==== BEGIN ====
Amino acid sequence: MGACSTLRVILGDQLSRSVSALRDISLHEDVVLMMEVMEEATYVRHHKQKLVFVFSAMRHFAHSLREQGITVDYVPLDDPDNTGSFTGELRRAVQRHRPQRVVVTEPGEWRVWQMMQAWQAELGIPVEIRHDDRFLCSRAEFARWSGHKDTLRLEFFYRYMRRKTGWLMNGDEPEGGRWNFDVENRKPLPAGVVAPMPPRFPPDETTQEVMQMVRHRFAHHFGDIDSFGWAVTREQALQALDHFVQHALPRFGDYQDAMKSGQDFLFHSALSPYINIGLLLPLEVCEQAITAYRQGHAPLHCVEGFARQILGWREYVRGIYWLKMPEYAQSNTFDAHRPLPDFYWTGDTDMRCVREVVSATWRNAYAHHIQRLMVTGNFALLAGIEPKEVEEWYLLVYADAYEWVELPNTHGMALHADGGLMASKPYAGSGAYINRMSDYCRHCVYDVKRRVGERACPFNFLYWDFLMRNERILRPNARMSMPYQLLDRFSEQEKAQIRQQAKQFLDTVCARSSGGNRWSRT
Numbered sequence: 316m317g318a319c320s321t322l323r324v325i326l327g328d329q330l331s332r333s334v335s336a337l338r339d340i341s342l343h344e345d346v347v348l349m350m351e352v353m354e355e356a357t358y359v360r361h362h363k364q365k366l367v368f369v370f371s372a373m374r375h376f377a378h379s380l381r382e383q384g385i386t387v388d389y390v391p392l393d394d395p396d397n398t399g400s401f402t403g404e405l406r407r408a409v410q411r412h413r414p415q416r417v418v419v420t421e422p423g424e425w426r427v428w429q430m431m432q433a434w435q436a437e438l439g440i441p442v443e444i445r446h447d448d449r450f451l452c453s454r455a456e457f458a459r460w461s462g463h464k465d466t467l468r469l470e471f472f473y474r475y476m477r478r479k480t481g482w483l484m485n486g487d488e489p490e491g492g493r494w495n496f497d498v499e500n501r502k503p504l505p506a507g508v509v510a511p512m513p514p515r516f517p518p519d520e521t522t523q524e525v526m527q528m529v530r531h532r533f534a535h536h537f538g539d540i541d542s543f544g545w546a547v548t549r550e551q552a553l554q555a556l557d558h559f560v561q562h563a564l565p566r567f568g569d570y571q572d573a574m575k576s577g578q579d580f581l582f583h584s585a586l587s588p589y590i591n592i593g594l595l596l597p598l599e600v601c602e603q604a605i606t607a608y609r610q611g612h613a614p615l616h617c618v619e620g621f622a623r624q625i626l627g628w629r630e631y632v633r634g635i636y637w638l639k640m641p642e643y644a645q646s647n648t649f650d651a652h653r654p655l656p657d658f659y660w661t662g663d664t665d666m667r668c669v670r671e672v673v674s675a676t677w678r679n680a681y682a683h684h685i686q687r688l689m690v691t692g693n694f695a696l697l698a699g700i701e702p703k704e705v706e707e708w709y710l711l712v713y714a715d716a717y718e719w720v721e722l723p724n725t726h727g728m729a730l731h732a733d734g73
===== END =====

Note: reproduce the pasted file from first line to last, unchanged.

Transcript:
Amino acid sequence: MGACSTLRVILGDQLSRSVSALRDISLHEDVVLMMEVMEEATYVRHHKQKLVFVFSAMRHFAHSLREQGITVDYVPLDDPDNTGSFTGELRRAVQRHRPQRVVVTEPGEWRVWQMMQAWQAELGIPVEIRHDDRFLCSRAEFARWSGHKDTLRLEFFYRYMRRKTGWLMNGDEPEGGRWNFDVENRKPLPAGVVAPMPPRFPPDETTQEVMQMVRHRFAHHFGDIDSFGWAVTREQALQALDHFVQHALPRFGDYQDAMKSGQDFLFHSALSPYINIGLLLPLEVCEQAITAYRQGHAPLHCVEGFARQILGWREYVRGIYWLKMPEYAQSNTFDAHRPLPDFYWTGDTDMRCVREVVSATWRNAYAHHIQRLMVTGNFALLAGIEPKEVEEWYLLVYADAYEWVELPNTHGMALHADGGLMASKPYAGSGAYINRMSDYCRHCVYDVKRRVGERACPFNFLYWDFLMRNERILRPNARMSMPYQLLDRFSEQEKAQIRQQAKQFLDTVCARSSGGNRWSRT
Numbered sequence: 316m317g318a319c320s321t322l323r324v325i326l327g328d329q330l331s332r333s334v335s336a337l338r339d340i341s342l343h344e345d346v347v348l349m350m351e352v353m354e355e356a357t358y359v360r361h362h363k364q365k366l367v368f369v370f371s372a373m374r375h376f377a378h379s380l381r382e383q384g385i386t387v388d389y390v391p392l393d394d395p396d397n398t399g400s401f402t403g404e405l406r407r408a409v410q411r412h413r414p415q416r417v418v419v420t421e422p423g424e425w426r427v428w429q430m431m432q433a434w435q436a437e438l439g440i441p442v443e444i445r446h447d448d449r450f451l452c453s454r455a456e457f458a459r460w461s462g463h464k465d466t467l468r469l470e471f472f473y474r475y476m477r478r479k480t481g482w483l484m485n486g487d488e489p490e491g492g493r494w495n496f497d498v499e500n501r502k503p504l505p506a507g508v509v510a511p512m513p514p515r516f517p518p519d520e521t522t523q524e525v526m527q528m529v530r531h532r533f534a535h536h537f538g539d540i541d542s543f544g545w546a547v548t549r550e551q552a553l554q555a556l557d558h559f560v561q562h563a564l565p566r567f568g569d570y571q572d573a574m575k576s577g578q579d580f581l582f583h584s585a586l587s588p589y590i591n592i593g594l595l596l597p598l599e600v601c602e603q604a605i606t607a608y609r610q611g612h613a614p615l616h617c618v619e620g621f622a623r624q625i626l627g628w629r630e631y632v633r634g635i636y637w638l639k640m641p642e643y644a645q646s647n648t649f650d651a652h653r654p655l656p657d658f659y660w661t662g663d664t665d666m667r668c669v670r671e672v673v674s675a676t677w678r679n680a681y682a683h684h685i686q687r688l689m690v691t692g693n694f695a696l697l698a699g700i701e702p703k704e705v706e707e708w709y710l711l712v713y714a715d716a717y718e719w720v721e722l723p724n725t726h727g728m729a730l731h732a733d734g73